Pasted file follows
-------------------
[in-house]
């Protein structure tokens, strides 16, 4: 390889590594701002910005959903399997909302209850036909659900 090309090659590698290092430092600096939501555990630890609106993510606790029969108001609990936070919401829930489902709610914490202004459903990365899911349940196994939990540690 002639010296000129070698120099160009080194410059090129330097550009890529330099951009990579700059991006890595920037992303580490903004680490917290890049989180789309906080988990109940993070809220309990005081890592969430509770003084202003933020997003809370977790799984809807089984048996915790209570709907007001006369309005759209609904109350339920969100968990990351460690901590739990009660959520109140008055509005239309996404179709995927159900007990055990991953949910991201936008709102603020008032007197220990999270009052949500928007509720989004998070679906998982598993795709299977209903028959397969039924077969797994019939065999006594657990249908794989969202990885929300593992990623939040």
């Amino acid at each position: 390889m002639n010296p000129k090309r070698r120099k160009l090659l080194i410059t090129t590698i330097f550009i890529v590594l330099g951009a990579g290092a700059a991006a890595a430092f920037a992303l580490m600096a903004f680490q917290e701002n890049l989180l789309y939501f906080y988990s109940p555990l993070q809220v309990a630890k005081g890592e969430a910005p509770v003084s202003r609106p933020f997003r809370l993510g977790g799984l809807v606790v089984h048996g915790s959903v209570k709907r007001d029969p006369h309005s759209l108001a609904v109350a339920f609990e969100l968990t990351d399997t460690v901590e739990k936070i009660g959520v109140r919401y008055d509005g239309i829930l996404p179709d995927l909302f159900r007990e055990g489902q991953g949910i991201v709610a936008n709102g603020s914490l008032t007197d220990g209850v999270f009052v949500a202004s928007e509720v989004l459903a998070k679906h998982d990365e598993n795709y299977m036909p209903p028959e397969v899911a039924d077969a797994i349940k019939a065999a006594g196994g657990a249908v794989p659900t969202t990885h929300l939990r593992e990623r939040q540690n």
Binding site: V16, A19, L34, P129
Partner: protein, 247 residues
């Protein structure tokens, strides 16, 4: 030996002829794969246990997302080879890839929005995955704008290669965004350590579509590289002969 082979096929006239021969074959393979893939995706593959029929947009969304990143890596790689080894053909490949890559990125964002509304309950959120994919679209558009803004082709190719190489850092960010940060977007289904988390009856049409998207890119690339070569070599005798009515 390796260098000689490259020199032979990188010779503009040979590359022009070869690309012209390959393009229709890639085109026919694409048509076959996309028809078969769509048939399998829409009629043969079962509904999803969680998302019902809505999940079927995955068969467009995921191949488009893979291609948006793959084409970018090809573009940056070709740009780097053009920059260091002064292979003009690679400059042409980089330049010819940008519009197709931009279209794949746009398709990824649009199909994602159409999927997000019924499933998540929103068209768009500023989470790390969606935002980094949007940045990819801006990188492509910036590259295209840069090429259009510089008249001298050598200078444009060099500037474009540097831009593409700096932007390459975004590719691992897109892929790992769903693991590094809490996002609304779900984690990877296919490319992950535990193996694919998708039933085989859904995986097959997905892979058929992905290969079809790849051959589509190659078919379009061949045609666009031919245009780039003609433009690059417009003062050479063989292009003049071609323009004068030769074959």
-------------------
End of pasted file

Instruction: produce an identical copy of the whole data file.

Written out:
[in-house]
């Protein structure tokens, strides 16, 4: 390889590594701002910005959903399997909302209850036909659900 090309090659590698290092430092600096939501555990630890609106993510606790029969108001609990936070919401829930489902709610914490202004459903990365899911349940196994939990540690 002639010296000129070698120099160009080194410059090129330097550009890529330099951009990579700059991006890595920037992303580490903004680490917290890049989180789309906080988990109940993070809220309990005081890592969430509770003084202003933020997003809370977790799984809807089984048996915790209570709907007001006369309005759209609904109350339920969100968990990351460690901590739990009660959520109140008055509005239309996404179709995927159900007990055990991953949910991201936008709102603020008032007197220990999270009052949500928007509720989004998070679906998982598993795709299977209903028959397969039924077969797994019939065999006594657990249908794989969202990885929300593992990623939040």
């Amino acid at each position: 390889m002639n010296p000129k090309r070698r120099k160009l090659l080194i410059t090129t590698i330097f550009i890529v590594l330099g951009a990579g290092a700059a991006a890595a430092f920037a992303l580490m600096a903004f680490q917290e701002n890049l989180l789309y939501f906080y988990s109940p555990l993070q809220v309990a630890k005081g890592e969430a910005p509770v003084s202003r609106p933020f997003r809370l993510g977790g799984l809807v606790v089984h048996g915790s959903v209570k709907r007001d029969p006369h309005s759209l108001a609904v109350a339920f609990e969100l968990t990351d399997t460690v901590e739990k936070i009660g959520v109140r919401y008055d509005g239309i829930l996404p179709d995927l909302f159900r007990e055990g489902q991953g949910i991201v709610a936008n709102g603020s914490l008032t007197d220990g209850v999270f009052v949500a202004s928007e509720v989004l459903a998070k679906h998982d990365e598993n795709y299977m036909p209903p028959e397969v899911a039924d077969a797994i349940k019939a065999a006594g196994g657990a249908v794989p659900t969202t990885h929300l939990r593992e990623r939040q540690n």
Binding site: V16, A19, L34, P129
Partner: protein, 247 residues
């Protein structure tokens, strides 16, 4: 030996002829794969246990997302080879890839929005995955704008290669965004350590579509590289002969 082979096929006239021969074959393979893939995706593959029929947009969304990143890596790689080894053909490949890559990125964002509304309950959120994919679209558009803004082709190719190489850092960010940060977007289904988390009856049409998207890119690339070569070599005798009515 390796260098000689490259020199032979990188010779503009040979590359022009070869690309012209390959393009229709890639085109026919694409048509076959996309028809078969769509048939399998829409009629043969079962509904999803969680998302019902809505999940079927995955068969467009995921191949488009893979291609948006793959084409970018090809573009940056070709740009780097053009920059260091002064292979003009690679400059042409980089330049010819940008519009197709931009279209794949746009398709990824649009199909994602159409999927997000019924499933998540929103068209768009500023989470790390969606935002980094949007940045990819801006990188492509910036590259295209840069090429259009510089008249001298050598200078444009060099500037474009540097831009593409700096932007390459975004590719691992897109892929790992769903693991590094809490996002609304779900984690990877296919490319992950535990193996694919998708039933085989859904995986097959997905892979058929992905290969079809790849051959589509190659078919379009061949045609666009031919245009780039003609433009690059417009003062050479063989292009003049071609323009004068030769074959």